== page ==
BARNABAS v. UNIVERSITY OF THE DISTRICT OF COLUMBIA

Filing 40

Memorandum Opinion. Signed by Judge John D. Bates on 3/1/2010. (lcjdb1)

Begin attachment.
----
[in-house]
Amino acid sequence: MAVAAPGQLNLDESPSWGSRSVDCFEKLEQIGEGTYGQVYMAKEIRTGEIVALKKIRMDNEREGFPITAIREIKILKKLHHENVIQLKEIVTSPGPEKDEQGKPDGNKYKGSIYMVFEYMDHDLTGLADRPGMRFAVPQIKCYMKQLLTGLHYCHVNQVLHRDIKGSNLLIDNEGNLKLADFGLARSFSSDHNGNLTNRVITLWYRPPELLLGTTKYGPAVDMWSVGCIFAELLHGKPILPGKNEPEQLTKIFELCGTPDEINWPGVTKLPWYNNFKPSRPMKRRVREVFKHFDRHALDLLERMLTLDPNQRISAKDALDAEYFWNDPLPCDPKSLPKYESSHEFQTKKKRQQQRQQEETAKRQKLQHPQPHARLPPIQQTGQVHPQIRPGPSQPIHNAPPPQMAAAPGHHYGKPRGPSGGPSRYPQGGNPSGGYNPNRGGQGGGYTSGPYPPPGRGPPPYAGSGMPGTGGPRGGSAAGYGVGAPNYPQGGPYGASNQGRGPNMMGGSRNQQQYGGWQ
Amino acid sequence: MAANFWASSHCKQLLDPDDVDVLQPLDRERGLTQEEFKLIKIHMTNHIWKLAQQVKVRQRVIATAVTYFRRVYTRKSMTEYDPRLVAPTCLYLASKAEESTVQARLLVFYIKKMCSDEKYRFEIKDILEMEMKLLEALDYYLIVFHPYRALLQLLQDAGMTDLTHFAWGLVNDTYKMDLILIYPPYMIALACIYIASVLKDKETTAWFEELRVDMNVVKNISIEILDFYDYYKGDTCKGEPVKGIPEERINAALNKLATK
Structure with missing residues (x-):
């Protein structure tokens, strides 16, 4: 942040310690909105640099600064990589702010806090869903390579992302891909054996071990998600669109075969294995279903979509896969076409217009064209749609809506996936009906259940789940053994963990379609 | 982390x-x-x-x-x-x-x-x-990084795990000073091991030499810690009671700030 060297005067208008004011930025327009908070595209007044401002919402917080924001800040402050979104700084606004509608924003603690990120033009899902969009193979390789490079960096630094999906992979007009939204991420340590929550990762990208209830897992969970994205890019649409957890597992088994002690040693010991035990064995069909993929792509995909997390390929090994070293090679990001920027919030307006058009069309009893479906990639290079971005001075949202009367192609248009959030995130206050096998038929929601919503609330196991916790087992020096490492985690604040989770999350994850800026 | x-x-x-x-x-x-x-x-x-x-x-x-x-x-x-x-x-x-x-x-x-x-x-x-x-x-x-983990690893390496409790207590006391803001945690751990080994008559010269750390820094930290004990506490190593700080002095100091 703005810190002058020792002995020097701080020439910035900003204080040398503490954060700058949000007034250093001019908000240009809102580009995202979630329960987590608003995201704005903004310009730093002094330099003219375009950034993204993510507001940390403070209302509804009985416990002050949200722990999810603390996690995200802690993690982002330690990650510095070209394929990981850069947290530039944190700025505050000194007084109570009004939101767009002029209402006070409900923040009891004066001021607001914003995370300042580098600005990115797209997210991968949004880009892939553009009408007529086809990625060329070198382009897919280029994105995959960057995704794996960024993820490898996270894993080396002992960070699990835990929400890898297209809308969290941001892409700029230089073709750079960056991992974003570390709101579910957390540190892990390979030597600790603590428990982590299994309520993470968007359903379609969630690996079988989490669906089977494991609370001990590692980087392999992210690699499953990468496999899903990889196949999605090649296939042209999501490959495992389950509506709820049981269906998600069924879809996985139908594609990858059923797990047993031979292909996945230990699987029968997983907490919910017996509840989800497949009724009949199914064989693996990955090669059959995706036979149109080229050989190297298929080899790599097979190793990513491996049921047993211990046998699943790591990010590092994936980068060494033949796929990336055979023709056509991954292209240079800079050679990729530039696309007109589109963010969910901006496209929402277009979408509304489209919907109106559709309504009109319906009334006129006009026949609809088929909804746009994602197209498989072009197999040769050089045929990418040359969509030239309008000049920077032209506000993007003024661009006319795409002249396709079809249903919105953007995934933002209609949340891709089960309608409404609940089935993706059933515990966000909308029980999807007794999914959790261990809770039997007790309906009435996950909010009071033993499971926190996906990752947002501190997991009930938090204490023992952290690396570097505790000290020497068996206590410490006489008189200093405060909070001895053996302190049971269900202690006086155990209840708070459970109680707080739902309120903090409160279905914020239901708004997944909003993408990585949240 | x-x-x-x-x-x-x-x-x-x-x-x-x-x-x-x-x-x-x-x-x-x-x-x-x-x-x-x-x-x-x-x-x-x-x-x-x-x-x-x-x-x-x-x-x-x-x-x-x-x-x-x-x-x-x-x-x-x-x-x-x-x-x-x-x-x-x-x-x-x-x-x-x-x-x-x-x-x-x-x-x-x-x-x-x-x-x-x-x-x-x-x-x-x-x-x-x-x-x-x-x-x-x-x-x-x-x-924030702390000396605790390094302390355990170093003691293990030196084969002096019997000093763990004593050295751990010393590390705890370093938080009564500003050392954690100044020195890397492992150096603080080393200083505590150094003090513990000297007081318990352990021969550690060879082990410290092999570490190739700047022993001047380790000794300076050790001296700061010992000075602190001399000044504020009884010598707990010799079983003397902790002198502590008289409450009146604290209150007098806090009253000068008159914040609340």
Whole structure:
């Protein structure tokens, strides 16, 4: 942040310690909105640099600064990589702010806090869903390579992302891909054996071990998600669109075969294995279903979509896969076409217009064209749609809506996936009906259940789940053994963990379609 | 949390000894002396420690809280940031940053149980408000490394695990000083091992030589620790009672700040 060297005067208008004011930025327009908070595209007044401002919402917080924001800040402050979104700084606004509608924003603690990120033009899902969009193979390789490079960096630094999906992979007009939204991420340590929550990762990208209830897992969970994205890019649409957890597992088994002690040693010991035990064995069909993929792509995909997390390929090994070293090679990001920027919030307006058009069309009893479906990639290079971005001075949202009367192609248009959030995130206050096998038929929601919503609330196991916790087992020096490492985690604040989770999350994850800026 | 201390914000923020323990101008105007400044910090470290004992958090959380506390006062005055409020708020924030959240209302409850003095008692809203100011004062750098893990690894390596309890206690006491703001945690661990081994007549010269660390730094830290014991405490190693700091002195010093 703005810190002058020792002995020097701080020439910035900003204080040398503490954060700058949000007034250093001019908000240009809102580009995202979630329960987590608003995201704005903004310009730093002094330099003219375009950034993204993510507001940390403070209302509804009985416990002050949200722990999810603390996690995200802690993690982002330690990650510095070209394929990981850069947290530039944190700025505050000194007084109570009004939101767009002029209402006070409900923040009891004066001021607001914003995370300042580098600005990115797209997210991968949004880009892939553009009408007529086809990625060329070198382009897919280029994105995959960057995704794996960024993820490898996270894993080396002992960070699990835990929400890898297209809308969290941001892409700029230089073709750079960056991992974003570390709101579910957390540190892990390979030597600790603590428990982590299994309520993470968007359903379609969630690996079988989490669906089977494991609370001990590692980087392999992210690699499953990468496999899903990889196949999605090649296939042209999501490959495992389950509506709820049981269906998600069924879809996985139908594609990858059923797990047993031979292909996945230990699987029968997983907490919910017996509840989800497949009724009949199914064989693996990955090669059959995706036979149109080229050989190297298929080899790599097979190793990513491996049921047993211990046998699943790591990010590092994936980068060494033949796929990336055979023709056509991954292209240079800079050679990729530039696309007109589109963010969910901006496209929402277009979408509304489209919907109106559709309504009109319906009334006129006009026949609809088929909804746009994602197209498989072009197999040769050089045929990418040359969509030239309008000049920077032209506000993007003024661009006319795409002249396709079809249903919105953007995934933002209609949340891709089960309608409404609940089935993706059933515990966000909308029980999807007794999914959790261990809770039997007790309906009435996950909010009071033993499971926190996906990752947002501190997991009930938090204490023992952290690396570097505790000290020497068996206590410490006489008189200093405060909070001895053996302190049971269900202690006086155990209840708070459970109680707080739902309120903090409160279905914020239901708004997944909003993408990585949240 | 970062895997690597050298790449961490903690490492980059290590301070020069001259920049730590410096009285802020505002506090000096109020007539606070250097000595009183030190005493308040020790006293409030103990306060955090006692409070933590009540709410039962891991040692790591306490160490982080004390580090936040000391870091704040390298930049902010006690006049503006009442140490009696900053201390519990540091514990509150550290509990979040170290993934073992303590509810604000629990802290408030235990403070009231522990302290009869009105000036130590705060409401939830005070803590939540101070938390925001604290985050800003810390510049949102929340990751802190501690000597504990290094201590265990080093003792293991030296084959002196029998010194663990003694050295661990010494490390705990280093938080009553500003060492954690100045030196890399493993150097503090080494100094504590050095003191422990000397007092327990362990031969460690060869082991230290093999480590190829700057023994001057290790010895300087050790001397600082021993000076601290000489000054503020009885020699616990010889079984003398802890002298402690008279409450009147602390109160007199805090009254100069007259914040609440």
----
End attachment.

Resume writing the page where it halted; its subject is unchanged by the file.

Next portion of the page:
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UNITED STATES DISTRICT COURT FOR THE DISTRICT OF COLUMBIA ESSICA BARNABAS, Plaintiff, v. THE BOARD OF TRUSTEES OF THE UNIVERSITY OF THE DISTRICT OF COLUMBIA, Defendant. Civil Action No. 07-02207 (JDB) MEMORANDUM OPINION Plaintiff Essica Barnabas alleges that her former employer, the University of the District of Columbia ("the University" or "UDC"), discriminated against her on the basis of her age and retaliated against her after she filed a charge of discrimination with the Equal Employment Opportunity Commission ("EEOC"). Currently before the Court is UDC's motion for summary judgment. For the reasons set forth below, the Court will grant in part and deny in part UDC's motion. BACKGROUND Essica Barnabas was born October 10, 1935. Def.'s Mot. for Summ. J. ("Def.'s Mot.") [Docket Entry 34], Exhibit 2 (Deposition of Essica Barnabas ("Barnabas Depo.")), 7:20-22. She received her Ph.D in biology from Howard University in 1972. See id., Exhibit 7 (Barnabas Curriculum Vitae) 3. From 1974 until 2006, Barnabas taught in UDC's Department of Biological and Environmental Sciences. See Second Am. Compl. 3. In 1997, Barnabas was working as an Associate Professor when she lost her job as the result of a university-wide workforce -1- reduction. See Barnabas Depo. at 25:21-26:7. The University immediately rehired Barnabas, but only as an adjunct professor teaching on a semester-to-semester basis. See id. 35:13-36:6. Barnabas was eager to return to her previous position as a full-time professor. Accordingly, between 2000 and 2003, Barnabas wrote numerous letters to Dr. Freddie Dixon, the chair of UDC's Biological and Environmental Sciences Department, as well as to other UDC administrators. In these letters, Barnabas asked that she be promoted to a full-time professor, and requested that she be appointed to specific teaching vacancies that were then, or soon to be, available. See Pl.'s Opp'n to Def.'s Mot. [Docket Entry 37], Exhibit 2 (letters from Barnabas to various UDC officials). She was unsuccessful. In 2004, a professor vacancy opened in UDC's Biological and Environmental Sciences Department ("the Department"). It called for applicants with a "Ph.D in Molecular Biology, Biochemistry, Immunology, or related areas with post-doctoral training in Cancer or Cancerrelated research areas." Def.'s Mot., Exhibit 4 (Barnabas EEOC packet, Letter from William Penn) 2. Barnabas applied for this vacancy, but the University instead filled the position with a thirty-three year-old man. See Barnabas Depo. at 68:18-70:12; Def.'s Mot., Exhibit 5 (Def.'s Resp. to Pl.'s Doc. Request), at 33. In May 2005, UDC advertised two full-time Assistant Professor positions in the Department, each listed under vacancy number 04-38. Def.'s Mot., Exhibit 1 (Def.'s Answers to Pl.'s Interrog. ("Def.'s Answers")), No. 10-11. The Department hired a forty-five year-old woman to fill the first position in August 2005, and soon withdrew the second position because the department lacked funding to fill it. Def.'s Mot., Exhibit 1 (Def.'s Supp. Answers to Pl.'s Interrog.), No. 11. Barnabas submitted an application for this position in February 2006, but the -2- second vacancy had already been withdrawn. See id. UDC officials announced another full-time Assistant Professor position in the Department in November 2005, listed under vacancy number 05-74. Def.'s Answers at No. 10. Barnabas did not formally apply for this position, Barnabas Depo. at 85:1-17, and the department filled the spot with a forty-nine year-old woman in August 2006. See Def.'s Answers at No. 10; Def.'s Mot., Exhibit 5 (Def.'s Resp. to Pl.'s Doc. Request), 33. Between 1997 and 2006, Barnabas taught no fewer than two courses per semester as an adjunct professor. See Def.'s Mot., Exhibit 3 (Pl.'s Answers to Def.'s Interrog. ("Pl.'s Answers")), No. 5. In the fall semester of 2006, however, the University offered Barnabas only one course to teach. See Barnabas Depo. at 95:17-20. And in the spring semester of 2007 Barnabas was also offered only one course. Id. at 96:18-97:2. Barnabas could not teach this class, however, because of health concerns with commuting in icy weather and the demands of caring for her sister. See id. at 97:3-99:12. Barnabas has not taught since then because of health problems. See id. at 104:10-05:5; 107:16-17. In January 2006, Barnabas filed a complaint with the EEOC. In her complaint, she alleged that UDC engaged in age discrimination when it failed to select her for the 2004 vacancy. See Def.'s Mot., Exhibit 4 (Barnabas EEOC Packet, Complaint). Barnabas amended her EEOC charge in November 2006 to list an additional claim of age discrimination, and to allege that UDC reduced her workload and compensation in the fall semester of 2006 in retaliation for her filing an EEOC complaint. Id. (Barnabas EEOC Packet, Am. Complaint). After the EEOC declined to prosecute her case, Barnabas brought suit in this court, alleging violations of the Age Discrimination in Employment Act (ADEA), 29 U.S.C. 621-634. UDC has now moved for -3- summary judgment on all of Barnabas's claims. STANDARD OF REVIEW Summary judgment is appropriate when the pleadings and the evidence demonstrate that "there is no genuine issue as to any material fact and that the movant is entitled to judgment as a matter of law." Fed. R. Civ. P. 56(c)(2). The party seeking summary judgment bears the initial responsibility of demonstrating the absence of a genuine dispute of material fact. See Celotex Corp. v. Catrett, 477 U.S. 317, 323 (1986). The moving party may successfully support its motion by identifying those portions of "the pleadings, the discovery and disclosure materials on file, and any affidavits" which it believes demonstrate the absence of a genuine issue of material fact. Fed. R. Civ. P. 56(c)(2); see also Celotex, 477 U.S. at 323. In determining whether there exists a genuine issue of material fact sufficient to preclude summary judgment, the court must regard the non-movant's statements as true and accept all evidence and make all inferences in the non-movant's favor. See Anderson v. Liberty Lobby, Inc., 477 U.S. 242, 255 (1986). A non-moving party, however, must establish more than the "mere existence of a scintilla of evidence" in support of its position. Id. at 252. By pointing to the absence of evidence proffered by the non-moving party, a moving party may succeed on summary judgment. Celotex, 477 U.S. at 322. "If the evidence is merely colorable, or is not significantly probative, summary judgment may be granted." Anderson, 477 U.S. at 249-50 (citations omitted). Summary judgment is appropriate if the non-movant fails to offer "evidence on which the jury could reasonably find for the [non-movant]." Id. at 252. DISCUSSION I. McDonnell Douglas Framework -4- The Court considers Barnabas's claims for discrimination and retaliation under the burden-shifting framework set forth in McDonnell Douglas Corp. v. Green, 411 U.S. 792, 802 (1973). See Hall v. Giant Food, Inc., 175 F.3d 1074, 1077 (D.C. Cir. 1999) (applying McDonnell Douglas to ADEA claims). Under this framework, a plaintiff must first establish a prima facie case of discrimination or retaliation by a preponderance of the evidence. Id. To show a prima facie case of discrimination, a plaintiff must show that "(1) she is a member of a protected class; (2) she suffered an adverse employment action; and (3) the unfavorable action gives rise to an inference of discrimination." Stella v. Mineta, 284 F.3d 135, 145 (D.C. Cir. 2002) (citing Brown v. Brody, 199 F.3d 446, 452 (D.C. Cir. 1999)). A prima facie case of retaliation, similarly, requires a plaintiff to establish "(1) that he engaged in statutorily protected activity; (2) that he suffered a materially adverse action by his employer; and (3) that a causal link connects the two." Wiley v. Glassman, 511 F.3d 151, 155 (D.C. Cir. 2007). Once a plaintiff establishes a prima facie case, the burden shifts to the defendant to articulate a legitimate, non-discriminatory or -retaliatory explanation for its actions. See Smith v. Dist. of Columbia, 430 F.3d 450, 455 (D.C. Cir. 2005). In asserting a legitimate, nondiscriminatory or -retaliatory explanation, an employer "need not persuade the court that it was actually motivated by the proffered reasons. It is sufficient if the defendant's evidence raises a genuine issue of fact as to whether it discriminated against the plaintiff." Tex. Dep't of Cmty. Affairs v. Burdine, 450 U.S. 248, 255 (1981) (citation omitted). If a defendant offers a legitimate, non-discriminatory or -retaliatory reason for its actions, "the district court need not -- and should not -- decide whether the plaintiff actually made out a prima facie case under McDonnell Douglas." Brady v. Office of Sergeant at Arms, 520 F.3d 490, -5- 494 (D.C. Cir. 2008). Rather, the sole inquiry becomes "whether the plaintiff produced sufficient evidence for a reasonable jury to find that the employer's asserted non-discriminatory reason was not the actual reason and that the employer intentionally discriminated against the plaintiff on a prohibited basis." Adeyemi v. Dist. of Columbia, 525 F.3d 1222, 1226 (D.C. Cir. 2008). In other words, the McDonnell Douglas burden-shifting framework essentially disappears and the only remaining issue is whether the employer discriminated or retaliated against the employee. See Jones v. Bernanke, 557 F.3d 670, 678 (D.C. Cir. 2009) (applying this approach to ADEA claims). In evaluating whether the plaintiff may overcome summary judgment, "the court reviews each of the three relevant categories of evidence -- prima facie, pretext, and any other -to determine whether they 'either separately or in combination' provide sufficient evidence for a reasonable jury to infer retaliation." Id. at 679 (quoting Waterhouse v. Dist. of Columbia, 298 F.3d 989, 996 (D.C. Cir. 2002)). II. Age Discrimination Claims Barnabas alleges that UDC discriminated against her by failing to select her for any of three full-time positions.1 The Court takes each in turn. A. 2004 Vacancy2 Barnabas alleges that UDC discriminated against her when it filled the full-time position she applied for in 2004 with a much younger individual. UDC responds that this claim should be dismissed because Barnabas failed to file a timely complaint with the EEOC. See Pl.'s Mot. at Barnabas also suggests that UDC discriminated against her by failing to hire her for other full-time positions. See Pl.'s Opp'n at 4. She has offered no evidence or argument as to those other allegedly discriminatory acts, however. 2 1 The record does not identify the vacancy number for this position. -6- 14-15. "An individual who wishes to challenge an employment practice under the ADEA must first file a charge with the EEOC." Faison v. Dist. Columbia, 2009 WL 3300484, at *3 (D.D.C. 2009); see 29 U.S.C. 626(d)(1). "In the District of Columbia, where there is a local anti-discrimination agency, this charge must be filed within 300 days of the occurrence of the allegedly unlawful practice." Faison, 2009 WL 3300484, at *3. Barnabas concedes that she failed to adhere to these statutory requirements for her allegation concerning the 2004 vacancy: her EEOC complaint was filed well over 300 days after she was denied the position. See Def.'s Opp'n at 4. Instead, she contends that the Lilly Ledbetter Fair Pay Act of 2009, Pub. L. No. 111-2, 123 Stat. 5 (2009), revives her claim. The Lilly Ledbetter Act, as incorporated into the ADEA, states that "an unlawful practice occurs, with respect to discrimination in compensation in violation of [the ADEA], when a discriminatory compensation decision or other practice is adopted, when a person becomes subject to a discriminatory compensation decision or other practice, or when a person is affected by application of a discriminatory compensation decision or other practice." 29 U.S.C. 626(d)(3). According to Barnabas, the University's decision not to grant her the 2004 position was a "discriminatory compensation decision or other practice" that still affected her salary at the time she filed her 2006 EEOC complaint. See Def.'s Opp'n at 4-5. Thus, she argues, her EEOC charge was timely filed. Barnabas's argument is foreclosed by the D.C. Circuit's recent decision in Schuler v. PricewaterhouseCoopers, LLP, --- F.3d ----, 2010 WL 522345 (D.C. Cir. 2010). In that case, the plaintiff argued that his employer's failure to promote him was a discriminatory compensation -7- decision or other practice under the Lilly Ledbetter Act. According to him, because his salary still suffered from the continued effects of his employer's failure to promote him, the Act rendered timely his otherwise late-filed discrimination claims. The D.C. Circuit rejected this contention, holding that "the decision whether to promote an employee to a higher paying position is not a 'compensation decision or other practice' within the meaning of that phrase in the" Lilly Ledbetter Act. Id. at *5. The Lilly Ledbetter Act therefore "d[id] not revive [plaintiff's] claims under the ADEA." Id. Hence, UDC's failure to promote Barnabas to a full-time professor position was not a discriminatory compensation decision or other practice. The Lilly Ledbetter Act does not revive Barnabas's late-filed allegations concerning the 2004 vacancy, and she has thus failed to timely exhaust her administrative remedies with respect to this allegation.3 B. Vacancy 04-38 Barnabas next alleges that UDC unlawfully failed to hire her as an Assistant Professor for vacancy number 04-38. UDC offers a legitimate, non-discriminatory explanation for its decision: Barnabas did not formally apply for this vacancy until February 2006, months after the University had already filled the position. See Def.'s Answers at No. 11.4 Therefore, "the only question is whether the employee's evidence creates a material dispute on the ultimate issue of [discrimination] 'either directly by [showing] that a discriminatory reason more likely motivated the employer or indirectly by showing that the employer's proffered explanation is unworthy of 3 In light of this conclusion that Barnabas's claims were not timely filed with the EEOC, the Court need not address UDC's argument that Barnabas was not qualified for the position. UDC initially sought to hire two professors for this vacancy, but ultimately withdrew the funding for the second position. Id. Barnabas does not contend that UDC's decision not to hire a second professor for this vacancy was discriminatory. -84 credence.'" Jones, 557 F.3d at 678 (quoting United States Postal Serv. Bd. of Governors v. Aikens, 460 U.S. 711, 716 (1983)) (second alteration in original). Barnabas concedes that she did not formally apply for the 04-38 vacancy until months after UDC filled the position. She argues, however, that when this position was posted she had "multiple outstanding applications pending with [UDC] for any regular full time professorial vacancy." Pl.'s Opp'n at 3. She points to eleven letters she wrote to various UDC officials between 2000 and 2003. See id., Exhibit 2. In these letters, Barnabas expressed her strong desire to be reappointed to a full-time position, and requested that she be awarded specific teaching vacancies. See id. These letters -- written before vacancy number 04-38 was posted -- may indicate that Barnabas wished to be appointed to any available full-time position. But nothing in the record discredits UDC's claim that it did not consider Barnabas for the vacancy because she never formally applied for it. See Brady, 520 F.3d at 496; Fischbach v. Dist. of Columbia Dep't of Corr., 86 F.3d 1180, 1183 (D.C. Cir. 1996) ("Once the employer has articulated a non-discriminatory explanation for its action . . . the issue is not the correctness or desirability of the reasons offered but whether the employer honestly believes in the reasons it offers." (internal quotation marks and alterations omitted)). There is no evidence that the University typically considers "standing applications" for employment, or that UDC told Barnabas that she need not submit an application in order to be considered for any available professor vacancies. Indeed, UDC's evidence -- irrefuted on this point -- indicates that only individuals who formally applied were considered for this position. See Def.'s Answers at No. 11 ("The Plaintiff's resume and application had not been received by the Office of Human Resources and therefore was not -9- submitted for the first screening."); id. at No. 14 ("The Plaintiff was ineligible to be considered at the time of [the] appointment because she had not submitted her application for consideration at that time."). Thus, nothing suggests that the University's explanation for its decision not to hire Barnabas is false. Moreover, Barnabas has failed to identify evidence to support her allegations of discriminatory intent. She has not argued, for example, that she was more qualified than the individual hired for this vacancy -- herself forty-five years-old. Nor has she suggested that UDC only interviewed young applicants for the position. Indeed, at her deposition Barnabas denied having "any interactions with anyone at UDC that made [her] feel that [she was] being discriminated against based on [her] age." Barnabas Depo. at 115:8-22. Thus, Barnabas's charge of discrimination rests only on the fact that UDC hired a younger individual to fill the position. Without more, this is not enough to survive summary judgment. See Dunaway v. Int'l Bhd. of Teamsters, 310 F.3d 758, 767 (D.C. Cir. 2002) ("[Defendants'] decision to replace [plaintiff] with a younger woman is insufficient for a jury to conclude that she 'lost out because of [her] age . . . .' [Plaintiff] proffered no other evidence that she was terminated because of her age . . . ." (citations omitted) (quoting O'Connor v. Consol. Coin Caterers Corp., 517 U.S. 308, 312 (1996)). 5 C. Vacancy 05-74 Finally, Barnabas suggests that UDC unlawfully failed to hire her as an Assistant Professor for vacancy number 05-74. UDC offers a legitimate, non-discriminatory explanation Because it concludes that Barnabas has not shown any evidence of discrimination, the Court need not address UDC's argument, made for the first time in its reply brief, that Barnabas failed to timely exhaust her administrative remedies with respect to this vacancy. See Pl.'s Reply in Supp. of its Mot. [Docket Entry 38] ("Pl.'s Reply") at 3. -105 for this decision as well: Barnabas never applied for the position. See Barnabas Depo. at 85:117.6 Accordingly, the Court turns to the "only question" remaining: "whether the employee's evidence creates a material dispute on the ultimate issue of [discrimination]." Jones, 557 F.3d at 678. As with vacancy number 04-38, Barnabas's argument rests on the assumption that she had a standing employment application pending when this position was listed. But once again, the record lacks any evidence from which a reasonable jury could conclude that UDC discriminated against Barnabas by not awarding her this position. There is no evidence that the University did not honestly and reasonably believe that it was Barnabas's failure to apply for this job that removed her from consideration. See Fischbach 86 F.3d at 1183. And there is nothing -- save only for the fact that a younger individual was hired -- to suggest that discrimination motivated the University's decision. Without more, Barnabas's claim cannot survive summary judgment. See Dunaway, 310 F.3d at 767. In sum, no reasonable jury could conclude that UDC intentionally discriminated against Barnabas on the basis of her age. The Court will thus grant UDC summary judgment as to all of Barnabas's allegations of age discrimination.7 III. Retaliation Claim Barnabas has also alleged that UDC retaliated against her by reducing her teaching load 6 In its reply brief, UDC states that Barnabas did in fact apply for vacancy number 05-74. See Pl.'s Reply at 4 n.2. This appears to be in error, as Barnabas herself concedes that she did not apply for the position. See Barnabas Depo. at 85:1-17. Barnabas's complaint alleges that UDC's "policy and practice in defining and in filling regular full time professor vacancies in its Department of Biological and Environmental Sciences is based upon age." Amend. Compl. 16. There is nothing in the record to support this allegation, and in any event Barnabas appears to have abandoned it. -117 for the fall semester of 2006 after she filed a discrimination complaint with the EEOC in January 2006. See Second Am. Compl. 19. UDC offers a legitimate, non-retaliatory explanation for its decision to reduce her teaching load -- namely, that Barnabas's "schedule was not reduced until she reported that she was unable to work because of medical problems." Def.'s Answers to Pl.'s Interrog. at No. 15.8 Thus, the question once again becomes "whether the employee's evidence creates a material dispute on the ultimate issue of retaliation." Jones, 557 F.3d at 678. In analyzing this issue, the Court considers "each of the three relevant categories of evidence -prima facie, pretext, and any other -- to determine whether they 'either separately or in combination' provide sufficient evidence for a reasonable jury to infer retaliation." Id. at 679 (quoting Waterhouse, 298 F.3d at 996). Here, Barnabas has provided evidence that UDC's explanation for its decision to reduce her schedule is false. UDC contends that Barnabas's schedule was only reduced after she claimed to the University that she could not work. But UDC does not identify any instance where Barnabas "reported that she was unable to work because of medical problems" before the fall 2006 semester. And Barnabas stated at her deposition that it was in January 2007 -- months after her teaching load was reduced -- that she first informed her department chair that she would have trouble commuting in the icy weather conditions, in part due to health concerns. Barnabas Depo. at 97:3-99:9. Taken in the light most favorable to Barnabas, then, the evidence directly UDC also asserts in its motion for summary judgment that Barnabas's reduced teaching load was "a function of the University's limited need for her to teach during that time period." Def.'s Mot. at 23. This explanation, offered without citation, cannot supply an additional nonretaliatory explanation, as the record lacks any evidence of the University's teaching needs. See Burdine, 450 U.S. at 255 n.9 ("An articulation not admitted into evidence will not suffice. Thus, the defendant cannot meet its burden [to provide a legitimate, non-retaliatory explanation] merely through an answer to the complaint or by argument of counsel."). -12- 8 contradicts UDC's non-retaliatory explanation for its reduction of Barnabas's schedule, and a reasonable jury could infer that the University's explanation is mere pretext. Evidence that UDC's non-retaliatory explanation for its actions is mere pretext may itself allow Barnabas to overcome summary judgment. See Reeves v. Sanderson Plumbing Prods., 530 U.S. 133, 147 (2000) (trier of fact may "infer the ultimate fact of [retaliation] from the falsity of the employer's explanation"); Jones, 557 F.3d at 679 ("[T]hough evidence of pretext is not per se sufficient to permit an inference of [retaliation], it [u]sually . . . will be enough to get a plaintiff's claim to a jury." (internal quotation marks and citations omitted)). Here, though, there is further evidence of a temporal proximity between Barnabas's filing of an EEOC complaint and the University's decision to reduce her teaching load. Barnabas filed her EEOC complaint in late January 2006, and the University reduced her teaching load in August of that year.9 Generally, an approximately seven-month delay between protected activity and an adverse employment action does not suggest any causal connection between the two. See Buggs v. Powell, 293 F. Supp. 2d 135, 149 (D.D.C. 2003) (seven-month gap "is not, by itself, sufficient to establish an inference of discrimination"). But "[e]specially where a defendant retaliates at the first opportunity that is presented, a plaintiff will not be foreclosed from making out a prima facie case despite a substantial gap in time." Pardo-Kronemann v. Jackson, 541 F. Supp. 2d 210, 218 (D.D.C. 2008). Here, the University has not disputed Barnabas's assertion that fall 2006 was the first opportunity for it to reduce her teaching load following her protected activity. And this reduction in Barnabas's schedule is The record is silent as to when UDC decided to reduce Barnabas's teaching load. Accordingly, the Court assumes that August 2006 -- the start of the fall semester, see Barnabas Depo. 103:8-9 -- is the relevant date for this inquiry. -13- 9 conspicuous: she had taught at least two courses in every semester from 1997 until fall 2006. See Pl.'s Answers at No. 5.10 A reasonable jury could infer that this sudden change in a previously-consistent schedule, issued at the first opportunity the University had to reduce Barnabas's teaching load after she filed an EEOC complaint, was the result of retaliation.11 Because Barnabas has provided evidence that UDC's non-retaliatory explanation for its decision to reduce her schedule was false, and because a temporal proximity exists between Barnabas's protected activity and the University's adverse employment action, a reasonable jury could find that the University reduced Barnabas's teaching load in retaliation for her filing an EEOC complaint. Accordingly, the Court will deny summary judgment on Barnabas's fall 2006 UDC claims that there is no evidence that individuals with control over Barnabas's schedule were even aware of her protected activity. See Def.'s Mot. at 22; see also Jones, 557 F.3d at 679 ("We agree that Jones's supervisors could not have retaliated against him unless they had knowledge of his protected activity."). But to survive summary judgment, a plaintiff "needn't provide direct evidence that his supervisors knew of his protected activity; he need only offer circumstantial evidence that could reasonably support an inference that they did." Jones, 557 F.3d at 679. Here, UDC has offered no evidence that her supervisors did not know of plaintiff's protected activity. And the fact that Barnabas's schedule was uncharacteristically reduced following her protected activity -- evidence that supports an inference of retaliatory motive -"necessarily can support an inference of mere knowledge." See id. In a response to one of UDC's interrogatories, Barnabas states that "[Department Chair Dr. Freddie] Dixon's relationship with Barnabas changed from supportive to hostile . . . in particular after Barnabas raised, through her attorney, claims of age discrimination in 2005, and filed EEOC charges in January 2006. Dixon then avoided direct communication with Barnabas and channeled communications with Barnabas through Dixon's secretary." Pl.'s Answers at No. 3. In her deposition taken less than a week later, however, Barnabas stated that these changes in her relationship with Dixon took place in 2002. See Barnabas Depo. at 111:19-14:13. And Barnabas further clarified that Dixon never told her that all communications with her needed to go through Dixon's secretary. Barnabas Depo. at 113:14-17. In light of these contradictions, which the parties do not address, in resolving this motion the Court has not considered Barnabas's suggestion in her interrogatory response that Dixon's attitude towards her changed after she filed her EEOC complaint. -1411 10 retaliation claim.12 CONCLUSION For the foregoing reasons, the Court will grant in part and deny in part UDC's motion for summary judgment. A separate Order accompanies this Memorandum Opinion. /s/ John D. Bates United States District Judge Dated: March 1, 2010 The Court will also deny summary judgment on Barnabas's claim that UDC retaliated against her by assigning her only one course in spring 2007. See Pl.'s Opp'n at 7. UDC contends that Barnabas failed to bring this allegation before the EEOC, see Def.'s Mot. at 14, 23, but this alleged retaliation is merely a continuation of the alleged unlawful behavior Barnabas identified in her amended EEOC complaint. Given the Court's conclusion that the University's reduction of Barnabas's courseload in fall 2006 may have been retaliatory, it cannot conclude as a matter of law that the continued reduction in her courseload the following semester was not also unlawful. The Court does, however, grant summary judgment as to any claim that the University retaliated against Barnabas by not awarding her any courses to teach in summer 2007. See Amend. Compl. 12. Barnabas concedes that in summer 2007 "her disabilities developed so as to prevent her from seeking or accepting any further work." Pl.'s Opp'n at 7; see also Barnabas Depo. at 104:10-105:5. -15- 12